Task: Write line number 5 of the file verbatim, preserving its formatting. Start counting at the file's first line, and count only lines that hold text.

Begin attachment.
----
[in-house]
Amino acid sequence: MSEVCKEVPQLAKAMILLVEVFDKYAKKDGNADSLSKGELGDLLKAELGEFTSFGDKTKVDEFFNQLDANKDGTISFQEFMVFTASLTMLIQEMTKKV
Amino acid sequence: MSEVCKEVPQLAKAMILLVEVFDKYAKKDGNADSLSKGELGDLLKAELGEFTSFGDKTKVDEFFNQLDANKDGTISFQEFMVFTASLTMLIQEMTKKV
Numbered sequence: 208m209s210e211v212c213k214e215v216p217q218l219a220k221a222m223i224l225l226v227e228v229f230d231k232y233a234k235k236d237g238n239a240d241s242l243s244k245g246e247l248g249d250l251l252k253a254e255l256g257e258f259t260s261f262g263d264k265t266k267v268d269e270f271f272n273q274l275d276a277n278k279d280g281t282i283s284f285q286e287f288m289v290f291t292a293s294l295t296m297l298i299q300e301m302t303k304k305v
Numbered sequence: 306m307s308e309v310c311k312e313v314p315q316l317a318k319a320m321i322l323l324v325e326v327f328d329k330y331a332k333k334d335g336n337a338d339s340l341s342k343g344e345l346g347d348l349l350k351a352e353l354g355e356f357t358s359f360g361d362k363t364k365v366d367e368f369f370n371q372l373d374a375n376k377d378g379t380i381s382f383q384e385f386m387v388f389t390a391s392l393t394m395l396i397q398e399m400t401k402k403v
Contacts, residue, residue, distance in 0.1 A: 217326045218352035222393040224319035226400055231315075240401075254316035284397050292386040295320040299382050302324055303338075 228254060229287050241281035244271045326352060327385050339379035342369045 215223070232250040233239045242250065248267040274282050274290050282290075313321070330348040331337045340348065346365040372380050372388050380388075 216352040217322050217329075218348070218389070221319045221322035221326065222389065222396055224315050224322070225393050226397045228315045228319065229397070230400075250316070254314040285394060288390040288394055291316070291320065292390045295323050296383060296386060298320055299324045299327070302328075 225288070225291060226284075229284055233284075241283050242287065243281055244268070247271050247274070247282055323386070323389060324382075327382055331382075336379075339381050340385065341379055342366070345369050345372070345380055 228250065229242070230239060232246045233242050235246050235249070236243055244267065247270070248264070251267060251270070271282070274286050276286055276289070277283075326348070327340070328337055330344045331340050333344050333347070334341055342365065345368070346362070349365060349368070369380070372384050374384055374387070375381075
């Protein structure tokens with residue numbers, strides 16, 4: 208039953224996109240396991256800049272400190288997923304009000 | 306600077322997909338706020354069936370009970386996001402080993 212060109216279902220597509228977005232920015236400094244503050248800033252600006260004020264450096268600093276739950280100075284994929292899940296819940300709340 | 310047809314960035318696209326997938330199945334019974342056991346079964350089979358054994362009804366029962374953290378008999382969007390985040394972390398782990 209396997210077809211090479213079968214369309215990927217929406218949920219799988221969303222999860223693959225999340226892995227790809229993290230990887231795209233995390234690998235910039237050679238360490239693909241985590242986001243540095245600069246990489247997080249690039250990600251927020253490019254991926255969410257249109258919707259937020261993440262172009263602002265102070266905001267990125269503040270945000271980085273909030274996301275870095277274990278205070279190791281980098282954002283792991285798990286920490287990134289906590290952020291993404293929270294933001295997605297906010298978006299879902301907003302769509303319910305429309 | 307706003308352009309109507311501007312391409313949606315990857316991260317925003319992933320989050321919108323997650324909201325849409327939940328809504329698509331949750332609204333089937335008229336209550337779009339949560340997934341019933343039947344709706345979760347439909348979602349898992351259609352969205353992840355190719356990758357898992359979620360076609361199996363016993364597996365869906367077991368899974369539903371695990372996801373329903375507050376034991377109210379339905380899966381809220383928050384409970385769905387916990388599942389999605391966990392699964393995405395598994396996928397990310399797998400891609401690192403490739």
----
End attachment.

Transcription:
Numbered sequence: 306m307s308e309v310c311k312e313v314p315q316l317a318k319a320m321i322l323l324v325e326v327f328d329k330y331a332k333k334d335g336n337a338d339s340l341s342k343g344e345l346g347d348l349l350k351a352e353l354g355e356f357t358s359f360g361d362k363t364k365v366d367e368f369f370n371q372l373d374a375n376k377d378g379t380i381s382f383q384e385f386m387v388f389t390a391s392l393t394m395l396i397q398e399m400t401k402k403v